Sandin, 515 U.S. at 481-84. Liberty interests
created by prison regulations are limited to freedom from
restraint which "imposes atypical and significant
hardship on the inmate in relation to the ordinary incidents
of prison life." Id. at 484; see also Myron
v. Terhune, 476 F.3d 716, 718 (9th Cir. 2007); Jackson,
353 F.3d at 755; Serrano v. Francis, 345 F.3d 1071,
1078 (9th Cir. 2003); Ramirez v. Galaza, 334 F.3d
850, 860 (9th Cir. 2003). When conducting the Sandin
inquiry, Courts should look to Eighth Amendment standards as
well as the prisoners' conditions of confinement, the
duration of the sanction, and whether the sanctions will
affect the length of the prisoners' sentence.
See Serrano, 345 F.3d at 1078;
Ramirez, 334 F.3d at 861; Keenan v. Hall,
83 F.3d 1083, 1089 (9th Cir. 1996). The placement of an
inmate in the SHU indeterminately may amount to a deprivation
of a liberty interest of "real substance" within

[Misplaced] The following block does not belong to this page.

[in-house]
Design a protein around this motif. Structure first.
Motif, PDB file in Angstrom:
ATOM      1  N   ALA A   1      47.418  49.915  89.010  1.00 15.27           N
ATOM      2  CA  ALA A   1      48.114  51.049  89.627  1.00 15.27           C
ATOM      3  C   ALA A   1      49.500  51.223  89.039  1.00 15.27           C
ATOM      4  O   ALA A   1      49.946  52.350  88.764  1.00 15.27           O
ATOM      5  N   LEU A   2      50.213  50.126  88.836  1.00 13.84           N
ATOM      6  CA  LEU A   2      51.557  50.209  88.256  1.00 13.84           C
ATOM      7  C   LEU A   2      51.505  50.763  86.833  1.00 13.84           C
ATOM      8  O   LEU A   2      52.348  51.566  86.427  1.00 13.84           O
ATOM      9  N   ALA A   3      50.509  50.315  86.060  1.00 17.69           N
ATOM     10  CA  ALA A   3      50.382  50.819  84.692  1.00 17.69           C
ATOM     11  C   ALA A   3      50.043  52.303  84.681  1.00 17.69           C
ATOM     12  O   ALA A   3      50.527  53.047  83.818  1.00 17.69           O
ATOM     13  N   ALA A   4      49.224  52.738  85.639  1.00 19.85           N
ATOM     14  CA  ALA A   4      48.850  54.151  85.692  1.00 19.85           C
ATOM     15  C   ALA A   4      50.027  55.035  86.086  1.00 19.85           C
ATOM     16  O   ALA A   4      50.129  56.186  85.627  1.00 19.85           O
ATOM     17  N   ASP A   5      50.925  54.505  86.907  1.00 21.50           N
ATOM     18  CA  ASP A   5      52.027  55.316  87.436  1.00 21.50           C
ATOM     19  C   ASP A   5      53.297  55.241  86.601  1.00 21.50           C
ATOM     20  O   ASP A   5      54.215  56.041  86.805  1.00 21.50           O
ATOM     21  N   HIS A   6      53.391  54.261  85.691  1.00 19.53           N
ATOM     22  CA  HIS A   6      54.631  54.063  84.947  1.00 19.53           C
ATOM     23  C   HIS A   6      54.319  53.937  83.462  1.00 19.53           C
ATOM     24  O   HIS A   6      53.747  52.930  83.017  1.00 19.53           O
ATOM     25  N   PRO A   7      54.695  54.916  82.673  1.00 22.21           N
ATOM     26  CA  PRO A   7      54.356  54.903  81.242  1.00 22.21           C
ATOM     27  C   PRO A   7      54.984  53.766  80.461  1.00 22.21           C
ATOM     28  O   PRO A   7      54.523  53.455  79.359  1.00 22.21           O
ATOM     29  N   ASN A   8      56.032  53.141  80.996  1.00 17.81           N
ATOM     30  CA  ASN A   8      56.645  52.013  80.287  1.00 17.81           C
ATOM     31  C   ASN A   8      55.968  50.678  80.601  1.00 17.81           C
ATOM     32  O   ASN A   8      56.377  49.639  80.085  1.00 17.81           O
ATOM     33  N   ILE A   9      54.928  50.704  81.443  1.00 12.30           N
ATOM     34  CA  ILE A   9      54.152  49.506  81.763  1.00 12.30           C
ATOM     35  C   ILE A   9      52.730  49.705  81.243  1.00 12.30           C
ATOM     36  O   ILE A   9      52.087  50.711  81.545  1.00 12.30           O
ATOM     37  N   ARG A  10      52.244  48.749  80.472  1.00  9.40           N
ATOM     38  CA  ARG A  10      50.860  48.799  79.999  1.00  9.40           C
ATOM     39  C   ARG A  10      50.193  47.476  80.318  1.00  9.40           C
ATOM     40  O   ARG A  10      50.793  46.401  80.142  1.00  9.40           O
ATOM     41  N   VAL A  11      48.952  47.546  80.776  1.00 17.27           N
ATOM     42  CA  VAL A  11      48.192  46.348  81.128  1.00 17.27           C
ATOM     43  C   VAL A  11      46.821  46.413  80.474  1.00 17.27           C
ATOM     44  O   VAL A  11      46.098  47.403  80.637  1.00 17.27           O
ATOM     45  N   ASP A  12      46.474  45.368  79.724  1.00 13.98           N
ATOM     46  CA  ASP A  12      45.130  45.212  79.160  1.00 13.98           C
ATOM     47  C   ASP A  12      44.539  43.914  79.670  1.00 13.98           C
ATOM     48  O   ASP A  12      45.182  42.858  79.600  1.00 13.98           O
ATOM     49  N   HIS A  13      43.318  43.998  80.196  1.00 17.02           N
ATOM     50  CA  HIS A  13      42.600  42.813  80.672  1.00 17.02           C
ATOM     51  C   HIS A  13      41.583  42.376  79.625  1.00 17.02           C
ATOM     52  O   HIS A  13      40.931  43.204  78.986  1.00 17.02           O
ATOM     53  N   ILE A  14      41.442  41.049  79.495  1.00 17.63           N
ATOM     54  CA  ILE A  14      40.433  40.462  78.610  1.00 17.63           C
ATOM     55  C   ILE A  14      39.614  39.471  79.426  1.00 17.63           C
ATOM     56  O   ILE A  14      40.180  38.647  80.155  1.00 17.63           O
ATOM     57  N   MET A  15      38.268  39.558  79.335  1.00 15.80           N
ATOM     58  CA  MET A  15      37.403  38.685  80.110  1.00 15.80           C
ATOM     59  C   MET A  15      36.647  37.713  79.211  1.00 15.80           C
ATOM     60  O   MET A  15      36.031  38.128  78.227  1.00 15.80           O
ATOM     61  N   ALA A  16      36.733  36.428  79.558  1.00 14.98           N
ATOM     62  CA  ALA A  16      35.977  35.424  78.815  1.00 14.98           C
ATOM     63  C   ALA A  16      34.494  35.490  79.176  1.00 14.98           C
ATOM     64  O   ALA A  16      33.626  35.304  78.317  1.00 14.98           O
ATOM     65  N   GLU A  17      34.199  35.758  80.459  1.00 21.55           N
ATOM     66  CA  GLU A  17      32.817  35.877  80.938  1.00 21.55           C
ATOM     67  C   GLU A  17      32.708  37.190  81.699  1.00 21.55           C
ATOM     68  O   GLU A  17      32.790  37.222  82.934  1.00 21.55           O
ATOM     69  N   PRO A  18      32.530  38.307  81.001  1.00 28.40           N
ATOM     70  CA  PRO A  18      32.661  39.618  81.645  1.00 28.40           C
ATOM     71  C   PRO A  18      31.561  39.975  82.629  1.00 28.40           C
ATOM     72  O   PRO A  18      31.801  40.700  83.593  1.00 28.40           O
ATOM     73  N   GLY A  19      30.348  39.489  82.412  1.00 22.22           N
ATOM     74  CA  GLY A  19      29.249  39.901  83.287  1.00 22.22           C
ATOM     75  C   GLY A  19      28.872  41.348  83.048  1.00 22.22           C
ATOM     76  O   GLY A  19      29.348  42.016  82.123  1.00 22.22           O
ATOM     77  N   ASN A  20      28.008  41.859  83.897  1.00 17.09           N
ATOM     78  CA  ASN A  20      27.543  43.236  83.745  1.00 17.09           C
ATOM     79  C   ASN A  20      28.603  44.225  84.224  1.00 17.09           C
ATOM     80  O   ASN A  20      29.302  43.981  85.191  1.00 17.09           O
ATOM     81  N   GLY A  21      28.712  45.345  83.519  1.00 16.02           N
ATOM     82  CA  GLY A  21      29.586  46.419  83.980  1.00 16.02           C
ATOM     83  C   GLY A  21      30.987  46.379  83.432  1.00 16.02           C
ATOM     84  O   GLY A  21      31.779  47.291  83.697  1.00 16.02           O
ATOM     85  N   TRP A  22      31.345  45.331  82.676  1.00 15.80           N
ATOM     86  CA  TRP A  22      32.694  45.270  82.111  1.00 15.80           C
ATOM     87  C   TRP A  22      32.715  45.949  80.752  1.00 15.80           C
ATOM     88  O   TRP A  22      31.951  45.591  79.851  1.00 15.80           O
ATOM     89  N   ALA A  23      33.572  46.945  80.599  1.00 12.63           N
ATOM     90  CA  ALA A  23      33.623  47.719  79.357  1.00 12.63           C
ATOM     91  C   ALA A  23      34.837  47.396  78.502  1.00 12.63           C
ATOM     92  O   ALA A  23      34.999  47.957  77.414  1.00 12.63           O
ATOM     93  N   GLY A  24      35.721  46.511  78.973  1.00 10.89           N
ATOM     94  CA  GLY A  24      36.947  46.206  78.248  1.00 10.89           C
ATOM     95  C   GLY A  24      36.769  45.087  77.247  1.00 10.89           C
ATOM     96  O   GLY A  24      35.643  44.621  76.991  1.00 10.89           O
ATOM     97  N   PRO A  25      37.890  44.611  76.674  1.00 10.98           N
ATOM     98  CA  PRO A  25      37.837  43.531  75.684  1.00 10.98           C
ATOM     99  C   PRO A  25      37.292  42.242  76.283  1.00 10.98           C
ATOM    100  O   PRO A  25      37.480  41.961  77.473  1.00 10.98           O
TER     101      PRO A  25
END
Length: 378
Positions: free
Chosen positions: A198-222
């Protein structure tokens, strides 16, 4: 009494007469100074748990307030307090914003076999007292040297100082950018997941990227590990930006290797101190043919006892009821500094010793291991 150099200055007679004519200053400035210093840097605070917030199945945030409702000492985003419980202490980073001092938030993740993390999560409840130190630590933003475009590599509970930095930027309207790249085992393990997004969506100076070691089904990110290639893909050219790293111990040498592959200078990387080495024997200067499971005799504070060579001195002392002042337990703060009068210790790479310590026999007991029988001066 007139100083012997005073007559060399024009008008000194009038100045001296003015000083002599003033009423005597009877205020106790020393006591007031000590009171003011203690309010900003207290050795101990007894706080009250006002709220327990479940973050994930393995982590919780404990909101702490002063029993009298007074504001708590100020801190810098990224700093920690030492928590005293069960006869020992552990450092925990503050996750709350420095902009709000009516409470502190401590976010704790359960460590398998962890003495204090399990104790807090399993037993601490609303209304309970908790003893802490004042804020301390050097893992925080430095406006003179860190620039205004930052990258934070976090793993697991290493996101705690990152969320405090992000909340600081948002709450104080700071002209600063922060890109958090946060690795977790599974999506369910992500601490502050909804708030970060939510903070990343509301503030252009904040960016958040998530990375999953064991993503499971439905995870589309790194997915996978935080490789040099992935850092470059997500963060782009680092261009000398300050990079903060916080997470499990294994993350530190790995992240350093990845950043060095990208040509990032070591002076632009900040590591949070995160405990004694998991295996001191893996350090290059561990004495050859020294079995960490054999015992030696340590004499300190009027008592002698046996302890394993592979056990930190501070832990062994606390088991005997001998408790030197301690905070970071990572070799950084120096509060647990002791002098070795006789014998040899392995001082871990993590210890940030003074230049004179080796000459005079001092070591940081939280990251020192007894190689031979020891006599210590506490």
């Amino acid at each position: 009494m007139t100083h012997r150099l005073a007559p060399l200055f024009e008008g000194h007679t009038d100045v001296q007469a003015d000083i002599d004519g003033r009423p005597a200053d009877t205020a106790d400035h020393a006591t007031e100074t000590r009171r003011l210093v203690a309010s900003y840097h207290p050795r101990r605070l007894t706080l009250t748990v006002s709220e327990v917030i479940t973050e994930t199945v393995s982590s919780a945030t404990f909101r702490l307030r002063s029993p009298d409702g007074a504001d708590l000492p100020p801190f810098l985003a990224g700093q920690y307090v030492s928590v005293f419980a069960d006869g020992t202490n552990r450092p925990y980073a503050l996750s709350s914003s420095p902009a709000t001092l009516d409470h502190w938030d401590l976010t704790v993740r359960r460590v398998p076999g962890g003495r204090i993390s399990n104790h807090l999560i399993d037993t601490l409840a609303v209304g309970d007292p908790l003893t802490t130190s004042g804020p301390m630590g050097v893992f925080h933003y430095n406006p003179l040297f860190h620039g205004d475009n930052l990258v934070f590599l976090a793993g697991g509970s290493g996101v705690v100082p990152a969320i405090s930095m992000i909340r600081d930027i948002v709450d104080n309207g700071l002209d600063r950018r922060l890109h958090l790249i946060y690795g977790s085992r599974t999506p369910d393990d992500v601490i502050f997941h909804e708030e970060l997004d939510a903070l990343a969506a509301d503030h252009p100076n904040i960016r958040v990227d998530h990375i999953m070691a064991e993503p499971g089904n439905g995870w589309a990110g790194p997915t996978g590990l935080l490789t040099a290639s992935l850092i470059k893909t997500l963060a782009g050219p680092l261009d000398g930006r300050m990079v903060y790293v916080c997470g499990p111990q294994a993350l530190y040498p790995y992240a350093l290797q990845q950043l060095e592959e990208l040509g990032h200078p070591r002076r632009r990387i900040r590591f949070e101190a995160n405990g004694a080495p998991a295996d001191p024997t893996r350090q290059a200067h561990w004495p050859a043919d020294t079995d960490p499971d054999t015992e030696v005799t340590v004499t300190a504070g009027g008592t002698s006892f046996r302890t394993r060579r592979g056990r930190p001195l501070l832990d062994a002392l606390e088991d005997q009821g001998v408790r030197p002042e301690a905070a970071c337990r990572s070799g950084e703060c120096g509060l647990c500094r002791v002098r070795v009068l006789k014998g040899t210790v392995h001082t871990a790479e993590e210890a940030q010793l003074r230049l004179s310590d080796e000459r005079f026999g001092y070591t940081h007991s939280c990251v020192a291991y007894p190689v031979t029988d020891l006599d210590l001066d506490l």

the meaning of Sandin. See
Wilkinson, 545 U.S. at 224. The
"atypicality" prong of the analysis requires not
merely an empirical comparison, but turns on the importance
of the right taken away from the prisoner. See
Carlo v. City of Chino, 105 F.3d 493, 499 (9th Cir.
1997). A plaintiff must assert a "dramatic
departure" from the standard conditions of confinement
before due process concerns are implicated.Sandin,
515 U.S. at 485-86; see also Keenan, 83 F.3d at
1088-89. "Some conditions of confinement may
establish an Eighth Amendment violation ‘in
combination' when each would not do so alone."
Chappell v. Mandeville 706 F.3d 1052, 1061 (9th Cir.
2013) (citing Wilson, 501 U.S. at 304).
determine if the Plaintiff's removal to solitary
confinement constitutes an "atypical and significant
hardship, " the Court examines: (1) the extent of
difference between segregation and general population; (2)
the duration and intensity of the conditions confinement; and
(3) whether the sanction extends the length of the
prisoner's sentence. Cepero, 2015 WL 1308690 at
*14; see also Sandin, 515 U.S. at 486-87.
"Typically, administrative segregation in and of itself
does not implicate a protected liberty interest."
Serrano v. Francis, 345 F.3d 1071, 1078 (9th
Cir.2003). Furthermore, "the decision to hold an inmate
in administrative segregation imposes few procedural burdens